The hammered dulcimer is a stringed percussion instrument with strings stretched over a trapezoidal resonating soundboard. The hammered dulcimer is placed in front of the player, who may sit cross-legged on the floor in more traditional ways or stand or sit at wooden support with legs in more modern styles. It can produce a wide range of tones, from a music-box sound too strong and percussive piano-like sounds that can make any brand stand out.

Due to its Latin and Greek origins, dulcimer’s name translates to “sweet tune”. The Appalachian Dulcimer’s name was chosen because of the biblical connotations. As far as we know, Appalachian dulcimers have been around for little more than 200 years, with Bibles making mention to hammered dulcimers. The genuine hammer dulcimer is a close relative of the psaltery, with the main distinction being that the dulcimer is generally pounded rather than plucked. Early variations were quite basic, only a few strings passing across bridges on the sides. The dulcimer’s origins are unquestionably in the Near East. Similar instruments have been produced and performed for approximately 5000 years. Early names for these instruments were santir and Psanterim, which are likely derived from the Greek Psalterion.

Hammered Dulcimer History

In Greece, the dulcimer is known as the Santouri, while in India, it is known as the santur. The instrument moved east and west from the Near East. Arabs brought it to Spain, who represented a dulcimer-like instrument on a church relief dated 1184 A.D. It was much later that it was introduced to the Orient. The yang Ch’in, or foreign zither, is the Chinese name for it. Its use in China is said to have started around the turn of the century. Korean folklore claims a relationship with the hammer dulcimer as early as 1725. Dulcimers were reasonably common domestic and concert instruments in the United States during the 18th and 19th centuries. No doubt they were first brought to the colonies from England where they were used in the street music of the time.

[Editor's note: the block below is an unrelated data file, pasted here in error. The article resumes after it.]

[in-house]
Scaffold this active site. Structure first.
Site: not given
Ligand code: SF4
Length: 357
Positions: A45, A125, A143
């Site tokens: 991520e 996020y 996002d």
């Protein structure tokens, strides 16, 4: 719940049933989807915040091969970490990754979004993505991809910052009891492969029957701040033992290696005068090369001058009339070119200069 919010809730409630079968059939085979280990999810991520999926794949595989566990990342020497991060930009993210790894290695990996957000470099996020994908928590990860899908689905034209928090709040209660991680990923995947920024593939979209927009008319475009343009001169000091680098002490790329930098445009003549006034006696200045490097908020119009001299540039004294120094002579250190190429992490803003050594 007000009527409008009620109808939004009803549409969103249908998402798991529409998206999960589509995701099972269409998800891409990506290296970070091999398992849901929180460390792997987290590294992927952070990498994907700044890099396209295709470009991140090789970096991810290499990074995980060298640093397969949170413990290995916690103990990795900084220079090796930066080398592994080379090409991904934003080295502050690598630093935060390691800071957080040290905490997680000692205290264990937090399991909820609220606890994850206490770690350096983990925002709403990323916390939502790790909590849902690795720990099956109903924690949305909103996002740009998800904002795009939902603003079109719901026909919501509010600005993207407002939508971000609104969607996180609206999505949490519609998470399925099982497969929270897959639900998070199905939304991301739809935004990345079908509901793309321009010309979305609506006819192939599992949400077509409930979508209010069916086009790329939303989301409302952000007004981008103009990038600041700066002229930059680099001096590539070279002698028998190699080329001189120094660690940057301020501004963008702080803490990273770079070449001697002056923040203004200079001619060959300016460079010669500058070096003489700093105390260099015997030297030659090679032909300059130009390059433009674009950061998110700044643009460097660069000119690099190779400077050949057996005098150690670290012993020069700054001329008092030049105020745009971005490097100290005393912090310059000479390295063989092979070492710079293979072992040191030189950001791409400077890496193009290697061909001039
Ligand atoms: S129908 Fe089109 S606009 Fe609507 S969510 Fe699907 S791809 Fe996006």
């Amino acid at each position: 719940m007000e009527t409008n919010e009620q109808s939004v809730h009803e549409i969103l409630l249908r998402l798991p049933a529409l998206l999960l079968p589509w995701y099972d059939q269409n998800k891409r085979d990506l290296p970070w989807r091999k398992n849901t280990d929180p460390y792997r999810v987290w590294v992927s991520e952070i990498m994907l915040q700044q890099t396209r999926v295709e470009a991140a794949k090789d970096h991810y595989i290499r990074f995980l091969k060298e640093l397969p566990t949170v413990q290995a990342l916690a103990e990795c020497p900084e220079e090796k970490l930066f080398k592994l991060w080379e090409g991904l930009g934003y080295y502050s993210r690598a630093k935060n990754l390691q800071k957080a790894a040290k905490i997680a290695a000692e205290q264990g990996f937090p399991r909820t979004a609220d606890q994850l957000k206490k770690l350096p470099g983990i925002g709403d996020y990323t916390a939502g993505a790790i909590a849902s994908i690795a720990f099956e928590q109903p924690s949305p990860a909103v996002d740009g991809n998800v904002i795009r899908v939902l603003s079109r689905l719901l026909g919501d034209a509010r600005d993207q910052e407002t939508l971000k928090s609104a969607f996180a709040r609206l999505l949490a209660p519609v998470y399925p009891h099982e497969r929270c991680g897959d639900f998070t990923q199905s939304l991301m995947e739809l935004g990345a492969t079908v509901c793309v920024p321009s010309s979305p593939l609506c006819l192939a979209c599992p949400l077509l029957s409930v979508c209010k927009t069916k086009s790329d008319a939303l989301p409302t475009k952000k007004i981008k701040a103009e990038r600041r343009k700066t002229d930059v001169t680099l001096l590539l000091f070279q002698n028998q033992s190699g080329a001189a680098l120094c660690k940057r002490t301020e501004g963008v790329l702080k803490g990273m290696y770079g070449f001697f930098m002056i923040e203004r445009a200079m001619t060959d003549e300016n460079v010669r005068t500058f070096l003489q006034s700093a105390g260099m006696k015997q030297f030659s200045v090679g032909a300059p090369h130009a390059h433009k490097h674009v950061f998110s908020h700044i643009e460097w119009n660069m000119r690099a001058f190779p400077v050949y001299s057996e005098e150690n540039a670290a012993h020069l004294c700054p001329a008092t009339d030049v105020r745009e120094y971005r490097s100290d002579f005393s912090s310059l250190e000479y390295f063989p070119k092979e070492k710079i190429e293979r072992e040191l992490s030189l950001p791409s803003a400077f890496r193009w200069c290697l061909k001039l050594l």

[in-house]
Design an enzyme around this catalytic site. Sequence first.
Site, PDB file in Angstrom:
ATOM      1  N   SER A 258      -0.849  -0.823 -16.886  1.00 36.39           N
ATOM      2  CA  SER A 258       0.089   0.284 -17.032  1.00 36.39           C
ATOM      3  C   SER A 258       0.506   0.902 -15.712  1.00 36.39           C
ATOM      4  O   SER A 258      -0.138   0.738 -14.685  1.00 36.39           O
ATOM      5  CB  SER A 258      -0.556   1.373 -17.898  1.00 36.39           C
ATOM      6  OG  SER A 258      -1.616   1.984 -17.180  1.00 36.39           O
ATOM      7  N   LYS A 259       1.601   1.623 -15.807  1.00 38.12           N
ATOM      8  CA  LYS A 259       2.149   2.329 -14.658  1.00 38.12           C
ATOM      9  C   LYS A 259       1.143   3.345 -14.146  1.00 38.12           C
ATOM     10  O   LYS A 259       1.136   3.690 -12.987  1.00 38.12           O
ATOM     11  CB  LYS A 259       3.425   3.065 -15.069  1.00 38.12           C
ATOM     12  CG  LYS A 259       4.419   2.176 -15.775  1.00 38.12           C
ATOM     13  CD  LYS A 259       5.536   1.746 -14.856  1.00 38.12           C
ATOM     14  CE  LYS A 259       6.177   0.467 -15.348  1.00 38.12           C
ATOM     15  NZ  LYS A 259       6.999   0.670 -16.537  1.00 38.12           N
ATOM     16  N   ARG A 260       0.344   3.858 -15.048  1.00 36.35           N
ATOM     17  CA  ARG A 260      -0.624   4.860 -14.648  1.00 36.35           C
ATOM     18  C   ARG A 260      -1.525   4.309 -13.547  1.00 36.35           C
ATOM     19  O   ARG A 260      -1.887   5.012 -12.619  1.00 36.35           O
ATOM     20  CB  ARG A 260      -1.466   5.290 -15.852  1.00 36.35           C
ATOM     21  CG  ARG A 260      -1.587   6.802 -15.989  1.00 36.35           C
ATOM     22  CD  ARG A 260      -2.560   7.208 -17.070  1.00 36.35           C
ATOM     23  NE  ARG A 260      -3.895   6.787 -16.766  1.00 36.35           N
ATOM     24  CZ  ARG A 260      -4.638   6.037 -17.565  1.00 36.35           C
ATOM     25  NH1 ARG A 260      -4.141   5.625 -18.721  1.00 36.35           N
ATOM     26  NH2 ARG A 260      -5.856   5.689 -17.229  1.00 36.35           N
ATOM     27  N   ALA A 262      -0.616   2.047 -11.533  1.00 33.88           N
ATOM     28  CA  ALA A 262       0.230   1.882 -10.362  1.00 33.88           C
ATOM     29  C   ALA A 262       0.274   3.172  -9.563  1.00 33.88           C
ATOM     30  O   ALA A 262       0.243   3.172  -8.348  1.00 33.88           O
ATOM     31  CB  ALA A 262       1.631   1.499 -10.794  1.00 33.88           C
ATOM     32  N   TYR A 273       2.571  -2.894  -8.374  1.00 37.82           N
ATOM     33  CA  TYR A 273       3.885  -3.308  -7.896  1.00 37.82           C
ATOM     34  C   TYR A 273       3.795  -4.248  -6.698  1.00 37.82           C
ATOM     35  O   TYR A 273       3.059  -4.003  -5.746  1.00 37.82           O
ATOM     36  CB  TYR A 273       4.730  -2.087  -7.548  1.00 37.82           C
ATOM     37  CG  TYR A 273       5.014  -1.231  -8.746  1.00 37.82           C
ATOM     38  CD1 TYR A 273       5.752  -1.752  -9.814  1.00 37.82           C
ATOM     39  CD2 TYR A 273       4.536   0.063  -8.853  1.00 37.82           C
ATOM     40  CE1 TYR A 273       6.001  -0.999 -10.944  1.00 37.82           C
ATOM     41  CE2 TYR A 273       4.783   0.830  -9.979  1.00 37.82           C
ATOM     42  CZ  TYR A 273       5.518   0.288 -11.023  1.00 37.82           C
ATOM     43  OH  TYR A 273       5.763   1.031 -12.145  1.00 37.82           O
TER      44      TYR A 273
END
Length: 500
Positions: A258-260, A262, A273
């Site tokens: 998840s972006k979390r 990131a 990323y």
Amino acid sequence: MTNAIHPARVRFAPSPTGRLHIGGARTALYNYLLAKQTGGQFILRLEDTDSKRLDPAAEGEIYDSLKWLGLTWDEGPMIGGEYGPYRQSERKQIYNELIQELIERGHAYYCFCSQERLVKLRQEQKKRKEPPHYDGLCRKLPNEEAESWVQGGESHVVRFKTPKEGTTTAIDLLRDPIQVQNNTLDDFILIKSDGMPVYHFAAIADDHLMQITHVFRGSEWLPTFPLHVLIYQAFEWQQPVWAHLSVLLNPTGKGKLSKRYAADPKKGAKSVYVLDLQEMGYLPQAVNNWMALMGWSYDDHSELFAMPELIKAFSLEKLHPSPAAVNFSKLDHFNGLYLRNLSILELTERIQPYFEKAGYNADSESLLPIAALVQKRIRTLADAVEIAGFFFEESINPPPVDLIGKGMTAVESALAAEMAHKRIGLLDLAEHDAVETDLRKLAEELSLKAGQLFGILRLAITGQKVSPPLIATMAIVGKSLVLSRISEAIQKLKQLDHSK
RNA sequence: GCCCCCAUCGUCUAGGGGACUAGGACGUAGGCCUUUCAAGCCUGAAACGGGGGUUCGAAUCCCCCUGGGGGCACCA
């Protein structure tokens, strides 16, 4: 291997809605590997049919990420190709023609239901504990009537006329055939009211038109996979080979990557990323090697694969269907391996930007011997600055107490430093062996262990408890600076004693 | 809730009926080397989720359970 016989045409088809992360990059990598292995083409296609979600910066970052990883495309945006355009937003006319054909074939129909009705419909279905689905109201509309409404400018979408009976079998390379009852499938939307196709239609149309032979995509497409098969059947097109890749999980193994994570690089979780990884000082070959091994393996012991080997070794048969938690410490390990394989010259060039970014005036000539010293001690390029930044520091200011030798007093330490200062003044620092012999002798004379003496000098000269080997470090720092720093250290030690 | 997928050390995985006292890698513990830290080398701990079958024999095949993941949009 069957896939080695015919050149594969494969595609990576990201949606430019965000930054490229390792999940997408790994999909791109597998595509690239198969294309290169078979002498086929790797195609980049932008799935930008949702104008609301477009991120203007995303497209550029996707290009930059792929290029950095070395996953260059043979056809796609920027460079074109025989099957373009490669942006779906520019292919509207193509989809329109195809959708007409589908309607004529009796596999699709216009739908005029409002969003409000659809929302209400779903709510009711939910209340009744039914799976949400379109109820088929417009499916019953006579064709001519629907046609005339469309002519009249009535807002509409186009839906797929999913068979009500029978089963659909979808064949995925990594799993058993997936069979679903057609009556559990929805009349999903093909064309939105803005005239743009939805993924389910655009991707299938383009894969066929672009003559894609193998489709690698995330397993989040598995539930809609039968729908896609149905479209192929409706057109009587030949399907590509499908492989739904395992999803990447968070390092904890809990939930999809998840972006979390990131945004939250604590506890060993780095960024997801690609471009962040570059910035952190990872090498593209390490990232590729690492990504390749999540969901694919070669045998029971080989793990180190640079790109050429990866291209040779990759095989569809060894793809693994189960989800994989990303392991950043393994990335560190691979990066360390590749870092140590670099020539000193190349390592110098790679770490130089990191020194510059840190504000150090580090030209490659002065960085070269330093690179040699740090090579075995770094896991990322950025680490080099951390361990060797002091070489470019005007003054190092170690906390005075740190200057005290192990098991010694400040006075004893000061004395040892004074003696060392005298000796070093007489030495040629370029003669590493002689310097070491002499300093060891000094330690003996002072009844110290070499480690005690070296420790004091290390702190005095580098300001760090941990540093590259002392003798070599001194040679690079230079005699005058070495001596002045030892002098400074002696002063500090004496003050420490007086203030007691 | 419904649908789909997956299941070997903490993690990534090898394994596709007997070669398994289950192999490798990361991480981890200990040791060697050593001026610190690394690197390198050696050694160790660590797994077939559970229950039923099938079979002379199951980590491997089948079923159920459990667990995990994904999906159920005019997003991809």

How does hammered dulcimer work

A dulcimer contains a bass bridge on the right side and a treble bridge on the left. Bass strings are played to the left of the bridge, and the bass bridge backs them up. Both sides of the treble bridge can be used to play the treble strings. Playing them on the left side of the bridge produces a fifth higher note than playing on the right side. The hammered dulcimer’s strings are frequently tuned in a circle of fifths pattern. The lowest note (usually a G or D) is played on the instrument’s lower right-hand side, close to the left of the right-hand (bass) bridge. A player ascends in a repeated pattern of two whole steps and a half step as they strike the courses above in order. With this tuning, a diatonic scale is broken into two tetrachords or groups of four notes.

The instrument is referred to as “hammered” about the small mallets (referred to as hammers) that players use to strike the strings. Hammers are usually made of wood (most likely hardwoods such as maple, cherry, padauk, oak, walnut, or any other hardwood). It can also be made from any other material including metal and plastic. Hammers are usually held between thumb and forefinger or between the forefinger and long finger on each hand. The performer would hold them lightly but firmly so that they bounce easily on the strings.